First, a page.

Photography Robin Harper

this photographer has traveled with beyoncé from louisiana to the louvre

During his last trip to Paris, Robin Harper captured an intimate moment between two dancers that ended up as The Carters' 'Everything Is Love' album cover.

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Jul 18 2018, 8:48am

Photography Robin Harper

To shoot Jay-Z and Beyoncé just once would likely be a career milestone, but to become a dedicated photographer to the music power couple is something incredibly rare. For Kansas City-born photographer Robin Harper, his talents led him to the latter: being inducted into the tight-lipped Carter camp. An introduction to Jay and Bey’s team led to Harper getting the opportunity to shoot the musicians on the road -- currently he’s photographing the On The Run II tour -- as well as capturing some of the more intimate moments of The Carters’ lives. Harper has even had the opportunity to shoot covers of Bey for Garage and Flaunt.

With The Carters’ album Everything Is Love, Harper was able to join Jay and Bey while they were shooting the Apeshit video at the Louvre in Paris. The album cover — which features dancer Jasmine Harper picking out Nicholas “Slick” Stewart’s hair — sparked attention as an ode to black love; an overarching theme of the record. Following his work on The Carters’ album, we caught up with Harper who detailed working on Everything Is Love and his experience with Jay and Bey.

How did you get involved with working on The Carters’ Everything Is Love ?
That was kind of a surprise, I’m out on the road with The Carters now for their On the Run II tour and we just happened to have filmed the Apeshit video while we were in Paris. I got to tag along and take some pictures during the filming. It was really nice.

Were you able to hear the full record before shooting the album cover?
I heard some snippets here and there while they were recording, but not really. I guess I like to be surprised like everyone else.

What was your role in putting together Everything Is Love?
I took the pictures really. I typically try to stay on the outside of everything, It keeps my head clear and allows me to wait for what I’m looking for. I just get to hang out, and people seem to be okay with that.

Tell me about the meaning behind the album artwork, which features Jasmine Harper picking out Nicholas “Slick” Stewart’s hair. What does it say about black relationships and love?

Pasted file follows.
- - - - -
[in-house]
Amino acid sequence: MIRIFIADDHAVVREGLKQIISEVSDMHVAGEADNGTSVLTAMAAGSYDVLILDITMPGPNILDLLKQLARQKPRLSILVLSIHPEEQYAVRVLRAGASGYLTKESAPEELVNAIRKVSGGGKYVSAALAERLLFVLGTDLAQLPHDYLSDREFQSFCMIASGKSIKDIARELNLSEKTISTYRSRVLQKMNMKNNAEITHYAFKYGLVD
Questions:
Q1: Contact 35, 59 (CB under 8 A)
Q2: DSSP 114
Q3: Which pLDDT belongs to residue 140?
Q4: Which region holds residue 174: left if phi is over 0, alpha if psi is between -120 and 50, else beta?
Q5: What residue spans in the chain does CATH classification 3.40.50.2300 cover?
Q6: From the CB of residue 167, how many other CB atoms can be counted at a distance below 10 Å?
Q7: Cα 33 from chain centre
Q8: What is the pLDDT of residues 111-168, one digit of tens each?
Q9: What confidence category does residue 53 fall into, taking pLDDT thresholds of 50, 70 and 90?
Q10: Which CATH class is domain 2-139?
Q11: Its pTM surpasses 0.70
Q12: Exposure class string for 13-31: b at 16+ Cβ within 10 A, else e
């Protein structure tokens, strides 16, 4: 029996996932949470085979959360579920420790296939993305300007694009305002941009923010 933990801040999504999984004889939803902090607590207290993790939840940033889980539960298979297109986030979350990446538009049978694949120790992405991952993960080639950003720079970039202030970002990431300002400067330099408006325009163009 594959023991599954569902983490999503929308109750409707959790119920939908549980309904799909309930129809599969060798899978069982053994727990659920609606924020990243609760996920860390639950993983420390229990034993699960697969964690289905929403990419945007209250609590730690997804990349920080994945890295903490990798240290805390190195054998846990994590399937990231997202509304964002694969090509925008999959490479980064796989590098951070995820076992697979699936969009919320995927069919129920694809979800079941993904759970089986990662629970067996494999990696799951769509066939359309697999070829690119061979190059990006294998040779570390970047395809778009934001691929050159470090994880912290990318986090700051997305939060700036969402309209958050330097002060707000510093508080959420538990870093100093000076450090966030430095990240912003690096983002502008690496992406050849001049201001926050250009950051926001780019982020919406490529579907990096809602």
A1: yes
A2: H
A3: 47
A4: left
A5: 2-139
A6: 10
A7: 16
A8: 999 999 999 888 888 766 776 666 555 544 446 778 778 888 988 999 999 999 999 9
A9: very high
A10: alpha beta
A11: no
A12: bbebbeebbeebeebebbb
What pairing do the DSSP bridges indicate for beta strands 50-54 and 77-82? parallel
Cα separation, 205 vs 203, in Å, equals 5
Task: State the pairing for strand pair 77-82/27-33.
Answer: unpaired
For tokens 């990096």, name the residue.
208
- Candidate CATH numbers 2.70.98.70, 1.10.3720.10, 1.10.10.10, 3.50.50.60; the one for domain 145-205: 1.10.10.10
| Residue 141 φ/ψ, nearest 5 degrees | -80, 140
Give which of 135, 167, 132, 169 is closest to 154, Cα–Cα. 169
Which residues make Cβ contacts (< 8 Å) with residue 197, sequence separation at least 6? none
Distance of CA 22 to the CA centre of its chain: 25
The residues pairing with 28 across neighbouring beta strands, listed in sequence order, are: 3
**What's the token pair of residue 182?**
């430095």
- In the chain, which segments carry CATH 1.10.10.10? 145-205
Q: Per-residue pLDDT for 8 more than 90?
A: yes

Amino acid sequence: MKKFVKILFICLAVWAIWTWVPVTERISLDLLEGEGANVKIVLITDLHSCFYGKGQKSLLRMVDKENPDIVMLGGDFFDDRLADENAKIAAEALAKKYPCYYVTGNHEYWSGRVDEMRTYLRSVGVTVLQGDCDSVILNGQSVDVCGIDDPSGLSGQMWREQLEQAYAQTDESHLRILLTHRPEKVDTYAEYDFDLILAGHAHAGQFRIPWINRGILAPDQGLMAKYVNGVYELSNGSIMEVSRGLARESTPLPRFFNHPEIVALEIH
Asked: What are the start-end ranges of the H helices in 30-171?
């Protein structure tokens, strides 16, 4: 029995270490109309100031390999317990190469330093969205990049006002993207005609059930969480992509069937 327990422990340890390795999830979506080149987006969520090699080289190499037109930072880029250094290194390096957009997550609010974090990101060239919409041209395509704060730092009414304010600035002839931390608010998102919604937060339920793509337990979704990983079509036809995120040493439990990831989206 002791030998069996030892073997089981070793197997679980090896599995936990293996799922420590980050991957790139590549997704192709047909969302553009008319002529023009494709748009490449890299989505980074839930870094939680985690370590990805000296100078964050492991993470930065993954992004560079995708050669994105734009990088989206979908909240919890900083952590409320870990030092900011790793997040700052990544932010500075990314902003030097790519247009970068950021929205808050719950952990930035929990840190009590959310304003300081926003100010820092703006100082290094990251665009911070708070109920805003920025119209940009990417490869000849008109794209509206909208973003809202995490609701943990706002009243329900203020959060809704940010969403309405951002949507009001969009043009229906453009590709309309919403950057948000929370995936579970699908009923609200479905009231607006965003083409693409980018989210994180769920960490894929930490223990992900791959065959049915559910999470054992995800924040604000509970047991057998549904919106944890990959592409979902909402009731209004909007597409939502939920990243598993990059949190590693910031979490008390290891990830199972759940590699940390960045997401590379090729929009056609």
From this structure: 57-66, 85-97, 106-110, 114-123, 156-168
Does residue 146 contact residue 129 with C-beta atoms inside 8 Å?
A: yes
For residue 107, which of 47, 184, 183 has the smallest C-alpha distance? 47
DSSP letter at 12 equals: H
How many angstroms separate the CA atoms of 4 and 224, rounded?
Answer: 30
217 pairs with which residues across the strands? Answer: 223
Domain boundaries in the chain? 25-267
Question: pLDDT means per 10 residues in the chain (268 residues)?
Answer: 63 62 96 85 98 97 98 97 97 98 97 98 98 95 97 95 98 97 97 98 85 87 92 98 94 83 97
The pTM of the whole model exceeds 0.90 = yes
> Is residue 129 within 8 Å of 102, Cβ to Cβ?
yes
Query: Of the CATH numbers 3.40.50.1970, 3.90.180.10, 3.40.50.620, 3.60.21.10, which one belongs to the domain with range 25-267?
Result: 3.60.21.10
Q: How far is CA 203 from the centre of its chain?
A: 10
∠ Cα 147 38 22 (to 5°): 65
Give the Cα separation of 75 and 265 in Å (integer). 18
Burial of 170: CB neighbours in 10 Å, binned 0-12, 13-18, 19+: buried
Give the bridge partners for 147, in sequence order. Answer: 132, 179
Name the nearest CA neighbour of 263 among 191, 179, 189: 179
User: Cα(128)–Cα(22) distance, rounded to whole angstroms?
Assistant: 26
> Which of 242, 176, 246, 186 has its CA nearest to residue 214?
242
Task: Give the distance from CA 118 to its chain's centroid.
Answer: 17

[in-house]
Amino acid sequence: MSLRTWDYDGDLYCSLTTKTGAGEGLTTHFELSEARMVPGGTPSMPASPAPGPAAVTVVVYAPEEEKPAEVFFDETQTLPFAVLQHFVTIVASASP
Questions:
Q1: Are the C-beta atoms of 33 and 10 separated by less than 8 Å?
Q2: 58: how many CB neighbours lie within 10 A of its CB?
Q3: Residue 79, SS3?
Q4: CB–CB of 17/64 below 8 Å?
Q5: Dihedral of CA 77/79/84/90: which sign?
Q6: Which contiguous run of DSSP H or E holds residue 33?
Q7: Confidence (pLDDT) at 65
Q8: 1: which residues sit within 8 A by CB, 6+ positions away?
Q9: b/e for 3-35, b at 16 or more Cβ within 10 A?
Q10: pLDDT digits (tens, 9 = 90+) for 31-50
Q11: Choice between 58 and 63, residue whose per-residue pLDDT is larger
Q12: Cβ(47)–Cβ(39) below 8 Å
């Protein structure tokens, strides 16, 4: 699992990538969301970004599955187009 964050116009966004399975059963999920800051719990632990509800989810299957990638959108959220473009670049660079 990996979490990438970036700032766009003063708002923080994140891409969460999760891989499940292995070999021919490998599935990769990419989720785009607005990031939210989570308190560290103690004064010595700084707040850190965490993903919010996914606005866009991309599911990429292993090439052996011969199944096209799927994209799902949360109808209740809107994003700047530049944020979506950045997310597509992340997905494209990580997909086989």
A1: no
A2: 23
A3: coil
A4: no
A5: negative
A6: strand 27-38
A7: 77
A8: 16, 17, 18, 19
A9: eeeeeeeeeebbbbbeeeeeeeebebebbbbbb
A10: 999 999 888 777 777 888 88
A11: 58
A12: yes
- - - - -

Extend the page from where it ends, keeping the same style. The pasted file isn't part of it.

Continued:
I may not be the best person to speak on that, but, what I see is two beautiful people that have opened themselves to each other, and in that, I think love has a chance.

Photography Robin Harper

Was there an artist you drew inspiration from?
No, not at all. I’m not someone who gets inspiration from artists. I really didn’t have much to do with the conceptualisation of this image as an album cover. It was just a moment in the Louvre. Ricky Saiz, the director of the Apeshit video was setting this up as a shot, Slick and Jasmine were just sitting there having a moment, and I snapped some pics. That’s it. There was really just a lot of truth in that moment, and it worked.

Tell me about your career trajectory. How did you end up working with The Carters?
I moved to Los Angeles from Kansas City and began assisting photographers. From there, a photographer I was working with introduced me to Beyoncé’s camp and I began working with them off and on a little bit. I feel like working in that world gave me a bit of a push creatively and professionally. It definitely helped me develop my own language and opened me up to shooting other things.

You shot the Garage cover of Beyoncé. Did you guys forge a relationship from that, and did it lead you to this opportunity?
I actually began working with her and her camp a few years before that. I came to be close friends with her creative director, Todd Tourso, and it was that relationship that led to the Garage cover. We shot that in New Orleans while filming Lemonade. I’ve done a couple magazine covers and other album art with them, as well. It’s been a cool ride. Her camp is really built on trust and family, so I feel like they tend to keep close people close.

This article originally appeared on i-D US.